Martin Servaz is not happy to be called out to the remote village of Saint-Martin-des-Comminges when a mutilated body is discovered at the local hydroelectric plant. He’s even less happy when he finds out that everyone’s been scrambled for a horse. The man who owns the horse is rich and connected and Servaz resents being taken away from what he considers a real case to deal with it. Meanwhile. Dr. Diane Berg has just arrived to take up her post at the Wargnier Institute (just outside of Saint-Martin) for patients who are so violent and unbalanced that no one else can handle them. There seems to be no link between the two characters until crime scene analysts find DNA from one of the most dangerous men in Wargnier. The Frozen Dead, by Bernard Minier, follows two paths. Servaz investigates from outside the Institute and Berg follows the clues inside the disturbing prison hospital.
After the horse was killed and mutilated, a local pharmacist is found hanging from a bridge. Then Servaz receives an unusual tip from Julian Hirtmann, whose DNA was found at the first crime scene. Hirtmann reminded me strongly of Hannibal Lecter. He’s an urbane Swiss serial murderer who knows much more than he lets on. He drops hints to the investigators to get them on the right track. He and Berg also seem to develop a Lecter and Starling-like rapport. Servaz has his own source of information: a former investigating judge who seems to know everyone’s secrets. Though both investigators have help, neither source is too forthcoming. Berg starts to dig through the paper work at Wargnier. Servaz has forensics, old crime scenes, and his own ability to make connections. Nothing is easy for either character.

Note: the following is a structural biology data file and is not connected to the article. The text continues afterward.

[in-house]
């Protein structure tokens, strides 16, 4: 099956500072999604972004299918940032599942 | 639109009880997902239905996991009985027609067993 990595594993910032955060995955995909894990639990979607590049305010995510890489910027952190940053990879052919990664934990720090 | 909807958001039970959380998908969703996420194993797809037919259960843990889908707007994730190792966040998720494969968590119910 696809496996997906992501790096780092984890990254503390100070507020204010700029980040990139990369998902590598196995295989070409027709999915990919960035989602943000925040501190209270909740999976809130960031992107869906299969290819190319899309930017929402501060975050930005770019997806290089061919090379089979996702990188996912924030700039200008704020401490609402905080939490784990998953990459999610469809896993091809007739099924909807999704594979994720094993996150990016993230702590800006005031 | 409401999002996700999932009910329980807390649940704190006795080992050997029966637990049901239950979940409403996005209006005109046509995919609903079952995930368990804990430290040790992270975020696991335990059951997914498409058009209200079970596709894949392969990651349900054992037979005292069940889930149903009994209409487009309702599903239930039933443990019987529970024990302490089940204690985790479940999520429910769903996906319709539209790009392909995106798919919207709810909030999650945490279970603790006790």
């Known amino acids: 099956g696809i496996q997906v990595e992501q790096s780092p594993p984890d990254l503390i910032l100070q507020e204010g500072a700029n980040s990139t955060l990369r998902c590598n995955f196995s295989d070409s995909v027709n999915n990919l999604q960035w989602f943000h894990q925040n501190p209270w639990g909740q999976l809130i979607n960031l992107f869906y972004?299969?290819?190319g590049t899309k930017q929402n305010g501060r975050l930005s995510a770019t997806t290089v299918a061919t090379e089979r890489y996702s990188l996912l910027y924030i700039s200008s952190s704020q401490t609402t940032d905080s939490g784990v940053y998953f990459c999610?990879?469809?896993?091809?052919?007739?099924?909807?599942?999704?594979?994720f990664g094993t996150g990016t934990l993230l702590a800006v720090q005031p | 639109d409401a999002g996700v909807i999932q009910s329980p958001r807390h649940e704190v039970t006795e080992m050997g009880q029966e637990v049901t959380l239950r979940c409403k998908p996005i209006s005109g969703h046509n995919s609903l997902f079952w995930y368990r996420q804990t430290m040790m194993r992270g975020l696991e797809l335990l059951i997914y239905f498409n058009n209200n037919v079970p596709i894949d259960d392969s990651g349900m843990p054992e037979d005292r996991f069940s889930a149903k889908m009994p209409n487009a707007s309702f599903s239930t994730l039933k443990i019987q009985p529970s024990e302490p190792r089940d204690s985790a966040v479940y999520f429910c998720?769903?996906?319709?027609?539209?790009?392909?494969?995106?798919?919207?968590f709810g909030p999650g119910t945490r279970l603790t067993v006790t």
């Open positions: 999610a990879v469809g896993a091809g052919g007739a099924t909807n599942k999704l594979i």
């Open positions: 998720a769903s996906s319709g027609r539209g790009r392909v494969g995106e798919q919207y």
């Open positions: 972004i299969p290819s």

Most mysteries I’ve read are very focused. They center on the lead investigator, so closely that it seems you’re riding the detective’s shoulder as he or she figures out what’s going on. In comparison, The Frozen Dead is a diffuse book. In addition to following Servaz and Berg, we also spend time with Servaz assistant. And instead of just focusing on the main crimes, Servaz is also trying to figure out what’s going on with his daughter’s mood changes and criminal complaints against the victims from decades past. Meanwhile, Diane is also investigating the unusual and possibly illegal “treatments” at Wargnier. She’s been told that the men in the Institute are often resistant to psychoactive drugs. Patients are being prescribed doses that would knock out large barnyard animals. But that’s nothing compared to the “treatment” for the men in Unit A: electroshock without anesthesia.
At times, The Frozen Dead feels overstuffed, but the chaos around Servaz and Berg creates an atmosphere of confusion and urgency that make the book feel much closer to reality than its companions in the genre. Minier is skilled at bringing the disparate parts of The Frozen Dead together. Though his main investigators don’t meet until near the very end of the book, I wasn’t frustrated. I was too interested in trying to put the pieces together myself.
I received a free copy of this ebook from NetGalley, in exchange for an honest review.